Keep excellent notes while designing and creating your sample, especially if you don't already have a relationship with a tech editor you trust and who is "in synch" with you.

Remember what's important to you and your business and design career, and try not to get caught up in what others are doing. It's great to learn from other people, but you never have the full picture and everyone's situation is unique, so don't compare too much.

Try not to let negative comments and trolling get you down, but at the same time, listen to constructive feedback and see what may be valuable to help you to grow. I give you permission to throw a 5 minute pitty party after you get a mean comment, but then delete it and move on with your life! 

Lastly, are you making anything for the Gift-A-Long?
Yes! I'm working on cheezombie's Crochet Splat Cat Coaster to accompany a custom mug I bought on Etsy for a friend, and Bruno Bear by Justyna Kacprzak for my toddler cousin. 

Thanks so much, Marie!

Wednesday, December 10, 2014

Gift-A-Long progress

The Gift-A-Long is going strong! If you'd like to see all the amazing projects which people have already finished, check out the FO (finished object) thread. There's still the rest of the month to go, so do jump in if you're keen. :)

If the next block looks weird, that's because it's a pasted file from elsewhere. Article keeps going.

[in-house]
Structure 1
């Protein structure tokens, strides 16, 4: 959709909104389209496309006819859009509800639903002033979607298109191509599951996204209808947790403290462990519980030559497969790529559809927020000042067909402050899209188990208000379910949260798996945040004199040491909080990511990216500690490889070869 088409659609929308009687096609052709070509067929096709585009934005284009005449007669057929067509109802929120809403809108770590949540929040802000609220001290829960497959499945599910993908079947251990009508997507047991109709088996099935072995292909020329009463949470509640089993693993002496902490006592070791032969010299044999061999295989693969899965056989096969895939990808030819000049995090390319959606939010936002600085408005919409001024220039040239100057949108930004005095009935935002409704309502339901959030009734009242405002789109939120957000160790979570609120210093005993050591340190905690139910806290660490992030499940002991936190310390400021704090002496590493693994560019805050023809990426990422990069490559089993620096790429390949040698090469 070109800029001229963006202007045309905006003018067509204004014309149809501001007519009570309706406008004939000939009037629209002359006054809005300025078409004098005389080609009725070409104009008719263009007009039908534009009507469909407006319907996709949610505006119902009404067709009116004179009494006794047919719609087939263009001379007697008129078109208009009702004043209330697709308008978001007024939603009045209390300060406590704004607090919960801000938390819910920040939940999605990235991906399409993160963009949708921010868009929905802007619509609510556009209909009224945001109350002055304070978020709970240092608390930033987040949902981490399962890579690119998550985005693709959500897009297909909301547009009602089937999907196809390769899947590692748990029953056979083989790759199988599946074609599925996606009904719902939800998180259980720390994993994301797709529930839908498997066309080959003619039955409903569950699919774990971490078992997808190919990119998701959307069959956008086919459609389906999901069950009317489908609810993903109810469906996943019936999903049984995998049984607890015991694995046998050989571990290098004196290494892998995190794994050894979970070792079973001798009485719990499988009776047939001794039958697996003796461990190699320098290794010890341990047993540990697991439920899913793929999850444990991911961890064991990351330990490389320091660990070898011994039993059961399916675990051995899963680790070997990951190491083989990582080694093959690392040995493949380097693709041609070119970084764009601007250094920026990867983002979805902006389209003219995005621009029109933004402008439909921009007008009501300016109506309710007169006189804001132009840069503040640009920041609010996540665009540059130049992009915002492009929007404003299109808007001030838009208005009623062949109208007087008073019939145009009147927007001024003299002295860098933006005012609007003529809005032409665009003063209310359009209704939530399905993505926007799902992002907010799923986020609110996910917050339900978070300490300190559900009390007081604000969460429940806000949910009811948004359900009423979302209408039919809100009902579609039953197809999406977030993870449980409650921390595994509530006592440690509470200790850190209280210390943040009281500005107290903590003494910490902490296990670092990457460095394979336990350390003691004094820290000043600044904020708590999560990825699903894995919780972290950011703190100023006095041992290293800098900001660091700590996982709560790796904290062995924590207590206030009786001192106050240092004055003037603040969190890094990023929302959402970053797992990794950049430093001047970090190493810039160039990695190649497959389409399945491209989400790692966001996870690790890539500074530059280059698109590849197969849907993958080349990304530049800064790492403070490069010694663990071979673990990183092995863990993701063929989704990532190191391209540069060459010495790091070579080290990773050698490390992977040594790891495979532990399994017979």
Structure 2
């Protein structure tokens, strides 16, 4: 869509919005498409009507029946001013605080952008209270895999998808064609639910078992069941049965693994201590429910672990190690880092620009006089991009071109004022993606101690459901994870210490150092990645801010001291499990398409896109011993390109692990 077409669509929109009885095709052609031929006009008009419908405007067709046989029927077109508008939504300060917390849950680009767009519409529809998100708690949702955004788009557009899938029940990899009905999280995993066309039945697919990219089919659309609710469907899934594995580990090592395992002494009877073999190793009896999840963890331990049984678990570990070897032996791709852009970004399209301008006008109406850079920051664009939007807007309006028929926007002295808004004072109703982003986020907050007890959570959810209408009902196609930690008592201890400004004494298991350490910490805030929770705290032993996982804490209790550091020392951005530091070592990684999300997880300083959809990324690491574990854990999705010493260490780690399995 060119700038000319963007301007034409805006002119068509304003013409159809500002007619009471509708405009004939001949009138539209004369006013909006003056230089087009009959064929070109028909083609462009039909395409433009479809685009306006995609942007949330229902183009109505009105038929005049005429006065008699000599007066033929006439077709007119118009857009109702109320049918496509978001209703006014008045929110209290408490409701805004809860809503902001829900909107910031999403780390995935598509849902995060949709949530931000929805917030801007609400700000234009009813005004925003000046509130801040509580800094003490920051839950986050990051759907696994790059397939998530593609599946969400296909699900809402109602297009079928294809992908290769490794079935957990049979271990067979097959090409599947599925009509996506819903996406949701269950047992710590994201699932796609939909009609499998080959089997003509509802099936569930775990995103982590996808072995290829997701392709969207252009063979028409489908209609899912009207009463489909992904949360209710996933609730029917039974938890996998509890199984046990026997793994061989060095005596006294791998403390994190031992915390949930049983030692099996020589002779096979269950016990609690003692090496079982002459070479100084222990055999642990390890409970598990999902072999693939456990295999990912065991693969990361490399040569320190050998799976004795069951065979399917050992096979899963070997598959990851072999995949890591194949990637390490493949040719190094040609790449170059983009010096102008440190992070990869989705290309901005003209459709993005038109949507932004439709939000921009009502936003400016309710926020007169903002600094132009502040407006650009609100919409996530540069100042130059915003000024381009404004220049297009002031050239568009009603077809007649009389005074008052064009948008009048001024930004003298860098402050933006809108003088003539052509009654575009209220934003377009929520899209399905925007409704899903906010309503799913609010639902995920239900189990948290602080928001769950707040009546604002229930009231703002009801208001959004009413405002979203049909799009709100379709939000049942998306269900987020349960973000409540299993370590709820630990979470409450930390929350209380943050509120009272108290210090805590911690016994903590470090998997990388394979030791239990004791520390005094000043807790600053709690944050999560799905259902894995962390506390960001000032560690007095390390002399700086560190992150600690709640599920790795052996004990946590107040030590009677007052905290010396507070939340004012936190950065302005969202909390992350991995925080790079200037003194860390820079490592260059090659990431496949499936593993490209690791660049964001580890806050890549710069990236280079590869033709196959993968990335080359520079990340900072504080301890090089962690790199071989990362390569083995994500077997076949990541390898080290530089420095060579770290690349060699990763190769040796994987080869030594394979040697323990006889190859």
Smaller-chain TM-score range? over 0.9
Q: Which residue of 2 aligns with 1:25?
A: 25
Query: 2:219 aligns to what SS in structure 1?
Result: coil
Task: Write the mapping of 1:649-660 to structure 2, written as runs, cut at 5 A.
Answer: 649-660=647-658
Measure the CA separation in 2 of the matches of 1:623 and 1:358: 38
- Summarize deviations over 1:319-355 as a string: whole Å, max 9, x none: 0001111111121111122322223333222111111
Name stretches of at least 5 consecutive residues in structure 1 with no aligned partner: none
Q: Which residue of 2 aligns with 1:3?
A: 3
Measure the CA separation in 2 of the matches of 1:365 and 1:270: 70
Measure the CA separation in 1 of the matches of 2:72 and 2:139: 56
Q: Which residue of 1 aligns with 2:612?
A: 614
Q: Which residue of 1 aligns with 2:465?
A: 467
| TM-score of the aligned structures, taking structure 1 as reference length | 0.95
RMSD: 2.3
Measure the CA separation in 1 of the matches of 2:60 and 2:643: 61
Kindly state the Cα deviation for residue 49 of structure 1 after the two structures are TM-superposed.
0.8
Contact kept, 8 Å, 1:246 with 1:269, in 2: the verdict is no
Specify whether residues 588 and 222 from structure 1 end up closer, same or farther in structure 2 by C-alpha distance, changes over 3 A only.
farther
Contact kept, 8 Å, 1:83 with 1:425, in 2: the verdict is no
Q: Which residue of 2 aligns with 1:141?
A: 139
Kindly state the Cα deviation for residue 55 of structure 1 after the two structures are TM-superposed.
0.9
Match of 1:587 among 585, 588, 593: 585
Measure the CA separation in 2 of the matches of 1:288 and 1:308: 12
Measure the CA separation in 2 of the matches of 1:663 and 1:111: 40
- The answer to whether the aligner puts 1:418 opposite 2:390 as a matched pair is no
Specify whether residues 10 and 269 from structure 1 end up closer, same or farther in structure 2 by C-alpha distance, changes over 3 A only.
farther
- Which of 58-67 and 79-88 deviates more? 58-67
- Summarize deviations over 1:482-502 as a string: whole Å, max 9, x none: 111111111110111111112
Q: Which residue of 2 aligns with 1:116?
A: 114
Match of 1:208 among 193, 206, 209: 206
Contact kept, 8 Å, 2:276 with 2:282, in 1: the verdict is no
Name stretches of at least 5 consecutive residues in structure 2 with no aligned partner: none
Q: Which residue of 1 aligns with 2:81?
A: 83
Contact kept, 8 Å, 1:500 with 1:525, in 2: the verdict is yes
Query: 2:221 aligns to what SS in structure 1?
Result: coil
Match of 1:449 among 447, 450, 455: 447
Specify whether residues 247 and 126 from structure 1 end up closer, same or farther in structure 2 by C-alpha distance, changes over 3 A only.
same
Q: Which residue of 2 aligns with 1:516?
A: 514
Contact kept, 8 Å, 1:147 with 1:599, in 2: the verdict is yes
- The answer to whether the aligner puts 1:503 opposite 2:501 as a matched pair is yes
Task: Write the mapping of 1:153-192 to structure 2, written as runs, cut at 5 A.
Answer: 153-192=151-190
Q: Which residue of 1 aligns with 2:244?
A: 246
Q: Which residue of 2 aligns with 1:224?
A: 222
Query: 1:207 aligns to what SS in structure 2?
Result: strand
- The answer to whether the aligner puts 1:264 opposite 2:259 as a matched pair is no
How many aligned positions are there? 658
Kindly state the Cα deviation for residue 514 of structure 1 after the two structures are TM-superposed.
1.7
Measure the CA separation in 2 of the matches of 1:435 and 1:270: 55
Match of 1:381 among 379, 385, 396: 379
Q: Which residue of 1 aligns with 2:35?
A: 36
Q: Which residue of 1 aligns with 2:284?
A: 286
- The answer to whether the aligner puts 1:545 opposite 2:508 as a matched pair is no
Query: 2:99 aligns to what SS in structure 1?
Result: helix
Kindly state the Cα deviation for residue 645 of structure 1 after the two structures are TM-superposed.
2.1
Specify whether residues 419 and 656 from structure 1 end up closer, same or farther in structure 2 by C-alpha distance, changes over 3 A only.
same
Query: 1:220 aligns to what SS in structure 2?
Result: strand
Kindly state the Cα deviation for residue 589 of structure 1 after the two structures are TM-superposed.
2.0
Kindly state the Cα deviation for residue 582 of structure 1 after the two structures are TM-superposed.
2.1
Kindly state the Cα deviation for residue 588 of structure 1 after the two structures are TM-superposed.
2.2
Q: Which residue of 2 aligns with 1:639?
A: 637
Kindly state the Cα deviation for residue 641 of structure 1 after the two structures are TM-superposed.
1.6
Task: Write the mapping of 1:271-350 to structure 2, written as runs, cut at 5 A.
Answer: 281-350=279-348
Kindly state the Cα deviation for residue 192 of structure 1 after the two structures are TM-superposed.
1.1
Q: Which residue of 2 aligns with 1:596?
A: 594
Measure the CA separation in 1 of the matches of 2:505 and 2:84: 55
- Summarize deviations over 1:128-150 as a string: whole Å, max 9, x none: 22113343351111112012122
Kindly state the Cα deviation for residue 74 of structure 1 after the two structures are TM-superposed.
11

I admit my own Gift-A-Long project (a Park Slope top) has stalled a bit...
I managed to knit the shoulders, sleeves, and body down to just below the armpits, but then I got caught up in knitting another exciting (and top secret!) project. The top is looking great though, and I'm looking forward to finishing it when I can.

Another cool part of the GAL is the blog interviews the designers have been doing! Those of us with blogs were assigned names out of a hat to interview. I’ve been interviewed by two other designers, which was really fun. Here are the links:

Interview: Amy van de Laar, Baroque Purls
- at Janelle Martin’s Eclectic Closet, and
Designer interview: Amy van de Laar, Baroque Purls
- at Nim Teasdale’s Little House on the Hill.

I'm also super-proud to have been featured in this highlights post:
GAL 2014: my picks of the unique, quirky and innovative designs
- at Elizabeth Felgate’s blog.

My own interview with Marie Segares is coming soon. :)